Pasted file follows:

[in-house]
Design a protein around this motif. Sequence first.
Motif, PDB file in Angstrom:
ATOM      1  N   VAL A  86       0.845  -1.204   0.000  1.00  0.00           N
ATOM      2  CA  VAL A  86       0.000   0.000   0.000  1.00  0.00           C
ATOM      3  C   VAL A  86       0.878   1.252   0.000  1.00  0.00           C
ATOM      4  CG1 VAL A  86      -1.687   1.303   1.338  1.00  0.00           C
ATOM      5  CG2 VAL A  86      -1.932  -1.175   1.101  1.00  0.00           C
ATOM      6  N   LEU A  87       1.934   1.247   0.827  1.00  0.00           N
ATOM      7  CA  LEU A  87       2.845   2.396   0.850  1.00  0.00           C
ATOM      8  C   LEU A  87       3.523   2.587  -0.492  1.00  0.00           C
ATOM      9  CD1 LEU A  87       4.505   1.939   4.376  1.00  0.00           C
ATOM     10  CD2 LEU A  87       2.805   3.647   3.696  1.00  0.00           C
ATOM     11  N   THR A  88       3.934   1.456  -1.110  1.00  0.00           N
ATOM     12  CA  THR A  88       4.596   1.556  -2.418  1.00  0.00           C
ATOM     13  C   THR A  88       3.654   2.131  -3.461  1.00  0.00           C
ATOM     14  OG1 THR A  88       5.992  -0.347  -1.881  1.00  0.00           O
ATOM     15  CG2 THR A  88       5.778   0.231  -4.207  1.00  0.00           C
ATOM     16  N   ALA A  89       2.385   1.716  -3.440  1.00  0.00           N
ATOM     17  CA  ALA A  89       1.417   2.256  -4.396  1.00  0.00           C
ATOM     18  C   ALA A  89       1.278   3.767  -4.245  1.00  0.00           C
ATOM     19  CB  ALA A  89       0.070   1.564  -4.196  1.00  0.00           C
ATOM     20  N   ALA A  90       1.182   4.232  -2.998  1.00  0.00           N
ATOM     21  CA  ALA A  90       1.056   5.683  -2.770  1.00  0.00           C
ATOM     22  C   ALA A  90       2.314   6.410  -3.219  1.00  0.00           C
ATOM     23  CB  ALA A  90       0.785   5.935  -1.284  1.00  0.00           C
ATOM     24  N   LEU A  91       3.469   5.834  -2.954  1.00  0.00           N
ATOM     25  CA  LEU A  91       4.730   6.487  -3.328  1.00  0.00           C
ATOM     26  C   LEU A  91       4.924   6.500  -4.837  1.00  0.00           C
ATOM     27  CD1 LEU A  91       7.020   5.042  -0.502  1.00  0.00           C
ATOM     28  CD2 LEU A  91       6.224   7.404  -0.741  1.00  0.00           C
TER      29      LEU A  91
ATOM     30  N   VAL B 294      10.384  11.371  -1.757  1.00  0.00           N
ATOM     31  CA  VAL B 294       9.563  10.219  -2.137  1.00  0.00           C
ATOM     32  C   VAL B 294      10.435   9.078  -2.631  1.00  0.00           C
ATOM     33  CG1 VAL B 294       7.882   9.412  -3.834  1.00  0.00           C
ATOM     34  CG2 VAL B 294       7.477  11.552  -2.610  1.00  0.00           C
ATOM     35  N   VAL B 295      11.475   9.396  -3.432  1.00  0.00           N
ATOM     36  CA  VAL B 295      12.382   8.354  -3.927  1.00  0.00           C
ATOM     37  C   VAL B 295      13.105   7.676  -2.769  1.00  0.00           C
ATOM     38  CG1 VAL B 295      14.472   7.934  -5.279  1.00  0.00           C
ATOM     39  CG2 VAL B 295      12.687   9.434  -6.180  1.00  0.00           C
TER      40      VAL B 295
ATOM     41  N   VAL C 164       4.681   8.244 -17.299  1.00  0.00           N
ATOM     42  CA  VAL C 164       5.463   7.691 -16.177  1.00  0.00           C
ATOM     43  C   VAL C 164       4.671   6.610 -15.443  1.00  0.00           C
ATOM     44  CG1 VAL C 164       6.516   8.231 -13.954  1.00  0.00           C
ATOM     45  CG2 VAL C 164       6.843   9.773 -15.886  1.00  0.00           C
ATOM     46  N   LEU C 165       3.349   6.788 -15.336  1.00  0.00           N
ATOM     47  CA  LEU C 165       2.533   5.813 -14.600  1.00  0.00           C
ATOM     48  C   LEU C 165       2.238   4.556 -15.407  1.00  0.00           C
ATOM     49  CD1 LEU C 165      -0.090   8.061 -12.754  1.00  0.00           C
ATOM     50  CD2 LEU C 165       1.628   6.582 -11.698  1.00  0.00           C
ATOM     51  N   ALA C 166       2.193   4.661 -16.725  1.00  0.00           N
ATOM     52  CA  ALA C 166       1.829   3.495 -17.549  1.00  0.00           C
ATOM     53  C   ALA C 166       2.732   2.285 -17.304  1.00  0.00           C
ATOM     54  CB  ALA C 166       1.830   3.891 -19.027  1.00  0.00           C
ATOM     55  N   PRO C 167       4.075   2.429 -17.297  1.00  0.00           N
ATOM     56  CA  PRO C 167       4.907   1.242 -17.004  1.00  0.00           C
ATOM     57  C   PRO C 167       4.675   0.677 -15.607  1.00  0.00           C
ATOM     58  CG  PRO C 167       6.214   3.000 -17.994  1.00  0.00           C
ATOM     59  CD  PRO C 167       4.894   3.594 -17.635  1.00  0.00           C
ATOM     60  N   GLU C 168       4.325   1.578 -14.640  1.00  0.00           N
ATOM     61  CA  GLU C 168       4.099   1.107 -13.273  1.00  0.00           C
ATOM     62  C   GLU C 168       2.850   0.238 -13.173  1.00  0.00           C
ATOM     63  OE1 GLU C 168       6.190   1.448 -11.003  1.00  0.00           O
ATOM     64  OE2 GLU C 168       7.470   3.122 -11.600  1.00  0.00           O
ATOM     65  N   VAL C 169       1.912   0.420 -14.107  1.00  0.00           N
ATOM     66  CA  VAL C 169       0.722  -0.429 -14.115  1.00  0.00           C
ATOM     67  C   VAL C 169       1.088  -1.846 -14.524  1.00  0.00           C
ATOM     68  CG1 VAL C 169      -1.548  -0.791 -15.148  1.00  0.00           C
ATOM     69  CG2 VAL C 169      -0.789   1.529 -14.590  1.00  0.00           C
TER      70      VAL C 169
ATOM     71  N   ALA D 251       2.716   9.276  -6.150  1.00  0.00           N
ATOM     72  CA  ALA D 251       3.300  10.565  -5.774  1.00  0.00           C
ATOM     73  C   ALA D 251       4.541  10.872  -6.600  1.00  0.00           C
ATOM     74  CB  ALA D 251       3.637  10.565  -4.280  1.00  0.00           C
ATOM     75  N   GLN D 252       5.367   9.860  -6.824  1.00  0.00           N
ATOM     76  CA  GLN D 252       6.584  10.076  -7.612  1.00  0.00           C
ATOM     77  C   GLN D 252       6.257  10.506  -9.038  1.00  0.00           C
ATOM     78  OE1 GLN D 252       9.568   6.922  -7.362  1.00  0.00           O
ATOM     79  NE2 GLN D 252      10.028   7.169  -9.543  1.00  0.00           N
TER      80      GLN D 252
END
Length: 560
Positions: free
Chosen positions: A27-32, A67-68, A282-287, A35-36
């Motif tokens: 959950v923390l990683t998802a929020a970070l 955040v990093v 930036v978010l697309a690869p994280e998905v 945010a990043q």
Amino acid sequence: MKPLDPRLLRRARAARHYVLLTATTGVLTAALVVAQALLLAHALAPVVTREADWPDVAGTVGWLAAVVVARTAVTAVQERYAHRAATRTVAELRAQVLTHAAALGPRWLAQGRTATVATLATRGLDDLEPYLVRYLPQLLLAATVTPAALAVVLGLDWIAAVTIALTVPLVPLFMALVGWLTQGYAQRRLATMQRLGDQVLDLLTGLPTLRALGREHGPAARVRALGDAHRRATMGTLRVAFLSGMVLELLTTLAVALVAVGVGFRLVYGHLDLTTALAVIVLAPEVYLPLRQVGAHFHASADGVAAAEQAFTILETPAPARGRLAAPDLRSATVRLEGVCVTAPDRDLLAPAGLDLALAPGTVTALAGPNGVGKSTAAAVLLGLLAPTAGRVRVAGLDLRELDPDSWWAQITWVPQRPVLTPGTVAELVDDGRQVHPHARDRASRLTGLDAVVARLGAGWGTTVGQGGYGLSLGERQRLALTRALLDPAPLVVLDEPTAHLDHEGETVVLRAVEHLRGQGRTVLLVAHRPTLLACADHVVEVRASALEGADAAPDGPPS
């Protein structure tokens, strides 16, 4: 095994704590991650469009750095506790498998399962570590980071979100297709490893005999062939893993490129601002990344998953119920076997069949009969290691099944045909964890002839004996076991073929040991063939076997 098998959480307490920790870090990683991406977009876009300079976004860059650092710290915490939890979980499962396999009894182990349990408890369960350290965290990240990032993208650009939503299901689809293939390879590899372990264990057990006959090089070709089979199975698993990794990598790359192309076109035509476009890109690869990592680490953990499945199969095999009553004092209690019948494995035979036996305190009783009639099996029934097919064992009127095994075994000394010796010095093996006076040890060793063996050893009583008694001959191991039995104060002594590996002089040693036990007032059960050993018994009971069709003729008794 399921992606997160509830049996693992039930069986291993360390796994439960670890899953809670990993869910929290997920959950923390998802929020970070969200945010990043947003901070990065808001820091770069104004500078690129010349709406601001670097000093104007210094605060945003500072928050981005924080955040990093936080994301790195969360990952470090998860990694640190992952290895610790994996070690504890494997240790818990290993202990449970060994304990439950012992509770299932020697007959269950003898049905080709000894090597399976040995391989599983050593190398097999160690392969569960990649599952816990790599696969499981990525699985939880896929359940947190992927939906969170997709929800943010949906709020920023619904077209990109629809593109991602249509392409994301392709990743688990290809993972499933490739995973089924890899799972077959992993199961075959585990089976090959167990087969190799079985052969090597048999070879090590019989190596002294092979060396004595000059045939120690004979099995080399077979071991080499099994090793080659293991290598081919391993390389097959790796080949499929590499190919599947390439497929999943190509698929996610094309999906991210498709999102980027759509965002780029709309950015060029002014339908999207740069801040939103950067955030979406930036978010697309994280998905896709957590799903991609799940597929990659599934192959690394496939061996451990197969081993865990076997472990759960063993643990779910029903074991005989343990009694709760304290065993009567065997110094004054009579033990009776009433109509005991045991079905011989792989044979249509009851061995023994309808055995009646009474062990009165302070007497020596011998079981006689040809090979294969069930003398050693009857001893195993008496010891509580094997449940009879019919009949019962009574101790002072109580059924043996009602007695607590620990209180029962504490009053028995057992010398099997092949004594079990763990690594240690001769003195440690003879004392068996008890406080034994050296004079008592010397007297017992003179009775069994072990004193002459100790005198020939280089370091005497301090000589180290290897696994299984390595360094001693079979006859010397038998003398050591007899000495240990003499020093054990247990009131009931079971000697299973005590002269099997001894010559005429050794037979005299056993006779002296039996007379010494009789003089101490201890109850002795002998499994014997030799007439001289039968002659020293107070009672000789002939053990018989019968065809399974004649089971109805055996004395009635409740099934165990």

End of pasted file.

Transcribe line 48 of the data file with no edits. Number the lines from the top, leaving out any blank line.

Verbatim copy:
ATOM     45  CG2 VAL C 164       6.843   9.773 -15.886  1.00  0.00           C